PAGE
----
A new guide, “How to Create and Regularize a Community Provider“, produced by ARTICLE 19 Brazil in partnership with Instituto Bem Estar Brasil (Brasil Welfare Institute) and ANID (National Association of Digital Inclusion), presents a detailed step-by-step on how to create a community internet provider.
Openly built and managed by the users themselves, community internet providers represent an alternative form of digital inclusion, and are already used in some regions of Brazil. They consist of a conventional internet service, the signal of which is distributed to a limited number of people in a fully collaborative manner.
The guide provides information and a how-to on installing a community provider using three different methods: via radio, cable or mesh network. For each, the guide lists the advantages and disadvantages of installation and maintenance.
It also gives information on regularising a community provider, listing the documents needed and the steps to be taken together with the public agency responsible.
The guide highlights existing legislation in the area, the judiciary’s conduct in litigation cases and presents international human rights standards addressing access to the internet. In addition, it provides a list of all the materials and services that are employed in the initiative and their respective prices.
For Laura Tresca, ARTICLE 19 Brazil’s Digital Rights Officer, and one of those responsible for the work, community internet providers are a way to realise the right to freedom of expression and information in Brazil. “In the absence of well-established public policies in the sector, self-management practices aimed at tackling digital exclusion, such as community internet providers, are fully justifiable and legitimate, especially in a context where internet access is vital for promoting human rights and the strengthening of democracy”, she says.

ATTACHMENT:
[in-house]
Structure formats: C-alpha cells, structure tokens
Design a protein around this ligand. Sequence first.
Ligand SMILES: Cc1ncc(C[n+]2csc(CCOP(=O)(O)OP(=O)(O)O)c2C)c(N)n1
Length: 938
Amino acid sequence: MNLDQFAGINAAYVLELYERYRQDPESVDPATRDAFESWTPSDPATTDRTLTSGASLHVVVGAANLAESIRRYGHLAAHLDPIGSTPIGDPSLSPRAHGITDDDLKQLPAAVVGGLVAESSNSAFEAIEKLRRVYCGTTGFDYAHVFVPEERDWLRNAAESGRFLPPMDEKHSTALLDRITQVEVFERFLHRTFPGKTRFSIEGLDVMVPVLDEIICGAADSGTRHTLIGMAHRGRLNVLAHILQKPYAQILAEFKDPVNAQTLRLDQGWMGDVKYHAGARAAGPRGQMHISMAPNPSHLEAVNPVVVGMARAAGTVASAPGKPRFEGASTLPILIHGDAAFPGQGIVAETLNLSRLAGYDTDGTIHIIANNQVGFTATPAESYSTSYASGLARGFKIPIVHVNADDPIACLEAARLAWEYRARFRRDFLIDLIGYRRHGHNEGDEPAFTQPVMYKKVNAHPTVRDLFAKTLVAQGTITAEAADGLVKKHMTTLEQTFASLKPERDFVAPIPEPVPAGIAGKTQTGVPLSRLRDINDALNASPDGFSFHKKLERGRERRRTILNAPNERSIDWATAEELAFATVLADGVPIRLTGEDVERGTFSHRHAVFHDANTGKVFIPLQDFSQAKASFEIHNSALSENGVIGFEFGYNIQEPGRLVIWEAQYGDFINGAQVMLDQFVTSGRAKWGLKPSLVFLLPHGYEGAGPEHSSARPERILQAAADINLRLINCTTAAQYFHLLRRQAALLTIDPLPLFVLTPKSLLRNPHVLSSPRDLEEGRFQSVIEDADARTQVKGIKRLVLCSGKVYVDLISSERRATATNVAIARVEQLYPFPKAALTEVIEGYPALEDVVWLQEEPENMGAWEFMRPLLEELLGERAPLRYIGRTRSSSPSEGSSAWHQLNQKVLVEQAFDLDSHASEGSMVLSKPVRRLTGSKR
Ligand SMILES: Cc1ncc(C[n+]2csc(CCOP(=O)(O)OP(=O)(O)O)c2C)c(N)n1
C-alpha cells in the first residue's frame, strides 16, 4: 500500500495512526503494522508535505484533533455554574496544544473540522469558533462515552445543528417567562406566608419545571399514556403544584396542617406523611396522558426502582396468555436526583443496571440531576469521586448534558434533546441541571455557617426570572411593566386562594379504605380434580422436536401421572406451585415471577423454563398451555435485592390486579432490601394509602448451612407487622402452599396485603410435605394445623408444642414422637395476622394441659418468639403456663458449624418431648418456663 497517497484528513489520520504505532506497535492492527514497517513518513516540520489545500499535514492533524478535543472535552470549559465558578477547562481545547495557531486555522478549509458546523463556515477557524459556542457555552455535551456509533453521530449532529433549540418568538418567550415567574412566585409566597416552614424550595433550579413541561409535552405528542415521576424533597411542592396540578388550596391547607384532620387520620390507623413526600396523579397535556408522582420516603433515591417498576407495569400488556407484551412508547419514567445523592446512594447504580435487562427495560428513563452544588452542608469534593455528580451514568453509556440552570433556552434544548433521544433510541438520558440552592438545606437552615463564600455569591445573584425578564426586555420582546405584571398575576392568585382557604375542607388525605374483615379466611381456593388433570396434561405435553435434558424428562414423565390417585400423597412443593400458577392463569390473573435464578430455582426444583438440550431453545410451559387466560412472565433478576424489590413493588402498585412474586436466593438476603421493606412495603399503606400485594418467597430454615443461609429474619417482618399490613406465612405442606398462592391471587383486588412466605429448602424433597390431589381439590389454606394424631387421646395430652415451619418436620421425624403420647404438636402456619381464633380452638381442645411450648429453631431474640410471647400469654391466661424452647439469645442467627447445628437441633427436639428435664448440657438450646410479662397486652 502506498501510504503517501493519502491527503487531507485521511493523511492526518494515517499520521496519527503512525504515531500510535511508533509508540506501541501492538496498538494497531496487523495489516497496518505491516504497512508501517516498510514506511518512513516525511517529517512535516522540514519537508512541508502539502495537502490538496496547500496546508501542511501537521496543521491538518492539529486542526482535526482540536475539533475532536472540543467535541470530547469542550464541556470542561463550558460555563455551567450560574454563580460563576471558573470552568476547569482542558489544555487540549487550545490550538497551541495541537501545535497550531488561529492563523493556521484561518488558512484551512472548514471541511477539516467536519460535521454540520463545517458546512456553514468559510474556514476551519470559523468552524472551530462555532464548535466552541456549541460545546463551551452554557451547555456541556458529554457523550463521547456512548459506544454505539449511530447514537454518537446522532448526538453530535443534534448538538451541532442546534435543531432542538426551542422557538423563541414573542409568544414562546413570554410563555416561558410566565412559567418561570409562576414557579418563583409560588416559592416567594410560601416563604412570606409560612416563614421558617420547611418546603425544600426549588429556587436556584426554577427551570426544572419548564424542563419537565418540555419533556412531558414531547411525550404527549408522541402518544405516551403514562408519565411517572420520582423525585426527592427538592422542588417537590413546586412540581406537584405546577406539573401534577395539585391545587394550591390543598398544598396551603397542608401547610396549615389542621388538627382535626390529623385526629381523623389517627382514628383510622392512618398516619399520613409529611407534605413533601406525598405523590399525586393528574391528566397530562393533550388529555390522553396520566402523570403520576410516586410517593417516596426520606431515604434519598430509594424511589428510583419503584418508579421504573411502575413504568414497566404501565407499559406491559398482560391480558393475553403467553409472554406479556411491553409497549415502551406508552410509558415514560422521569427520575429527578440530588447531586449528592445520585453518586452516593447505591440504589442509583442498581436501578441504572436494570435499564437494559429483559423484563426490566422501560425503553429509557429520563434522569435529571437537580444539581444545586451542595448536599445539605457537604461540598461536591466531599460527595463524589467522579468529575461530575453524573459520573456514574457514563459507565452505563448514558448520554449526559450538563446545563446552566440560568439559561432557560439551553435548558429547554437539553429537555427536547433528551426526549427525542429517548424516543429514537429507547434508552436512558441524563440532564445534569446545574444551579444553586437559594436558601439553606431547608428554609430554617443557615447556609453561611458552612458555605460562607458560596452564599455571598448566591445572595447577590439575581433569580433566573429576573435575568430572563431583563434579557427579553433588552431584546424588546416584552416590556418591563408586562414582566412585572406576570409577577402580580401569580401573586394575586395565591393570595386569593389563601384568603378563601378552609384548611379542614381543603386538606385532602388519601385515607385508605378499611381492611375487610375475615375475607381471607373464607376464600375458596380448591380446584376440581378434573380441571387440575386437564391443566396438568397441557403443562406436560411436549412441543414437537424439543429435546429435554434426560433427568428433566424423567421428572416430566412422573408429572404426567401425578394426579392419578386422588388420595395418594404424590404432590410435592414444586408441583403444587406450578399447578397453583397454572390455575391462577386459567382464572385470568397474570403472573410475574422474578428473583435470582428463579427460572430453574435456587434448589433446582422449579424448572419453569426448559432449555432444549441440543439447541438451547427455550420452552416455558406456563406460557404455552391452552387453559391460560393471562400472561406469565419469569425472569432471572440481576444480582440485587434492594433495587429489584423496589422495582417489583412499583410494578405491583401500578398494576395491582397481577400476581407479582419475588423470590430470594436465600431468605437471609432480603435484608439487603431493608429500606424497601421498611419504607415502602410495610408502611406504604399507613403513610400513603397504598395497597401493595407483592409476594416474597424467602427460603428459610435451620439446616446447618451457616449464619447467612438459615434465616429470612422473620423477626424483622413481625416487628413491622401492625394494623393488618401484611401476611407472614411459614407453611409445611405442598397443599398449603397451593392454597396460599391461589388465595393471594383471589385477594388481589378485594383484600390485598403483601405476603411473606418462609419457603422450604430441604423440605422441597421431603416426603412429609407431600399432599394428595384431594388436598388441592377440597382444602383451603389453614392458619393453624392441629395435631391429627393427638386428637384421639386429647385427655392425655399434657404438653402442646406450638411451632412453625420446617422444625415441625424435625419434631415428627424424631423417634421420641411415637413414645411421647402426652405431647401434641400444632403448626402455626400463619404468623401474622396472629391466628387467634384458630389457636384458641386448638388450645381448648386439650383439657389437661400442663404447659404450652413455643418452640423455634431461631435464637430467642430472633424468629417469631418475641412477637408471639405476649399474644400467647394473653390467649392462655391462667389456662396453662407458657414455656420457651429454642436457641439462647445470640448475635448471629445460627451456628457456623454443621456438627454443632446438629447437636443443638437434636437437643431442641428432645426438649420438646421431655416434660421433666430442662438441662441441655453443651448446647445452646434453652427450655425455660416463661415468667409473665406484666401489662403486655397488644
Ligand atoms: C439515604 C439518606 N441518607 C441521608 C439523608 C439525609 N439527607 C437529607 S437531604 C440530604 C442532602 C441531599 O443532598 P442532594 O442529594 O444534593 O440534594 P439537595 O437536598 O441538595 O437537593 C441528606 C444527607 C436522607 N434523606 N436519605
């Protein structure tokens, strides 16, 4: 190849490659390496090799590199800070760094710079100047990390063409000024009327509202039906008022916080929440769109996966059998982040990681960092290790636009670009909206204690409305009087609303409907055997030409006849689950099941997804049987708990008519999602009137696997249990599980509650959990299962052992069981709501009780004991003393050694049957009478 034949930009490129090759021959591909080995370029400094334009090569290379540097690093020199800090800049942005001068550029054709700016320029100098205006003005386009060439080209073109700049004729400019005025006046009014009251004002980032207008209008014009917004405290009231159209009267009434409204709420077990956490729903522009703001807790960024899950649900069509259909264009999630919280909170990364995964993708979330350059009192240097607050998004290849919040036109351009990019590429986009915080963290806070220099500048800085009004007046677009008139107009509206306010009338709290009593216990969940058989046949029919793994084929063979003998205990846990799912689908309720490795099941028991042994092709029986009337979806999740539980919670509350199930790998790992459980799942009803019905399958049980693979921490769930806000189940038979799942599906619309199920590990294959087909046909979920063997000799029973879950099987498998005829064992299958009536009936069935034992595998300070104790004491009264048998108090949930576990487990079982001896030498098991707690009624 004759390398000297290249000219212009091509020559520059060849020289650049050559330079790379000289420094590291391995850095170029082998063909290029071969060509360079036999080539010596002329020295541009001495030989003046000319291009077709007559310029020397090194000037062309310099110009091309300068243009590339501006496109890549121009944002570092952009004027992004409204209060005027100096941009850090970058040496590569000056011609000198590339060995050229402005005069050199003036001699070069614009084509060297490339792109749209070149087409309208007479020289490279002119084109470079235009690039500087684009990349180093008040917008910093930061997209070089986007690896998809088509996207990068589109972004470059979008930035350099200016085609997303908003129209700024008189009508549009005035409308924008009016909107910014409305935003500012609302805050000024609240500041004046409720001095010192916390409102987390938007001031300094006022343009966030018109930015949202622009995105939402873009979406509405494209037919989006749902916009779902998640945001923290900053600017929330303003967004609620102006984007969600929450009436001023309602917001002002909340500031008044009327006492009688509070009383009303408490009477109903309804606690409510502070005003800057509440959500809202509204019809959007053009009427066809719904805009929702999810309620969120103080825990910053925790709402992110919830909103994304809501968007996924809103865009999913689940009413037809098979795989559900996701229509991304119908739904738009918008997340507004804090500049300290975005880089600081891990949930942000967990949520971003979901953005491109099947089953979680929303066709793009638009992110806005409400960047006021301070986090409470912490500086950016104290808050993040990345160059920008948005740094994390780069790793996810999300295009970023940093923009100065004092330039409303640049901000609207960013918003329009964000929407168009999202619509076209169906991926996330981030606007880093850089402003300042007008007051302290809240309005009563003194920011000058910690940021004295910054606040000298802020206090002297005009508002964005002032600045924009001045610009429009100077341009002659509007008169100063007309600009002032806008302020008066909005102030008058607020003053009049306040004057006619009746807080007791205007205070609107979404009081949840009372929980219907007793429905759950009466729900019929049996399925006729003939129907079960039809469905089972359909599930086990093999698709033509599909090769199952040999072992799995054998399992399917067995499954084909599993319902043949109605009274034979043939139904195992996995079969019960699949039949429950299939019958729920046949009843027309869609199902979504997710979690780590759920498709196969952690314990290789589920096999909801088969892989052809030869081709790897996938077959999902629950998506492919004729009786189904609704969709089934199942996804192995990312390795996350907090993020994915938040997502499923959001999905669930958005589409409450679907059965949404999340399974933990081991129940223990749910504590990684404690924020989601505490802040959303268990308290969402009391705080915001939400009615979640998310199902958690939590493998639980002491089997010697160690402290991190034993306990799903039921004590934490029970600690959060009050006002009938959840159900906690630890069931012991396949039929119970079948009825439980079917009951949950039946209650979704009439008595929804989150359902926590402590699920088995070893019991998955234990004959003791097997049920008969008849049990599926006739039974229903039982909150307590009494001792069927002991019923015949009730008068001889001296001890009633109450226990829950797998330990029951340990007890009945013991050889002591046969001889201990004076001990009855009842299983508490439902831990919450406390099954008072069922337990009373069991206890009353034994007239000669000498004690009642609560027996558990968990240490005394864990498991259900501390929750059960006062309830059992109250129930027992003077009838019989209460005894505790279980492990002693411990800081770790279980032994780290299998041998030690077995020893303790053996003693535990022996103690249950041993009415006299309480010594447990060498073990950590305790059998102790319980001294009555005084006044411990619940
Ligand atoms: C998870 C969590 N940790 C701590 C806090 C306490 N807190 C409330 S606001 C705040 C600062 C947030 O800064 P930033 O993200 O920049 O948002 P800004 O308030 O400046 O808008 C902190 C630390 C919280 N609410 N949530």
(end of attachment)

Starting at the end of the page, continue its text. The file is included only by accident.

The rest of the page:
“In order for the situation of community providers not to remain under legal uncertainty, it is necessary for the government to confirm its viability through appropriate regulation. This guarantee is essential if all the benefits of this connection model, exhaustively addressed in the guide, are to spread to the marginalised regions of internet access in Brazil.”
ARTICLE 19 believes that the Brazilian Federal Government must take measures to advance policies for digital inclusion. Most importantly, through the elaboration of a National Plan for Digital Inclusion, which covers all sectors of society, aiming at promoting the universalisation of quality broadband and thus ensuring access to the internet as a basic right of Brazilian citizens.
The Federal Government should also seek to create policies to promote the plurality and diversity of internet connection models and to act so that so-called “digital cities” are deployed with networks without restrictions of access to any type of content.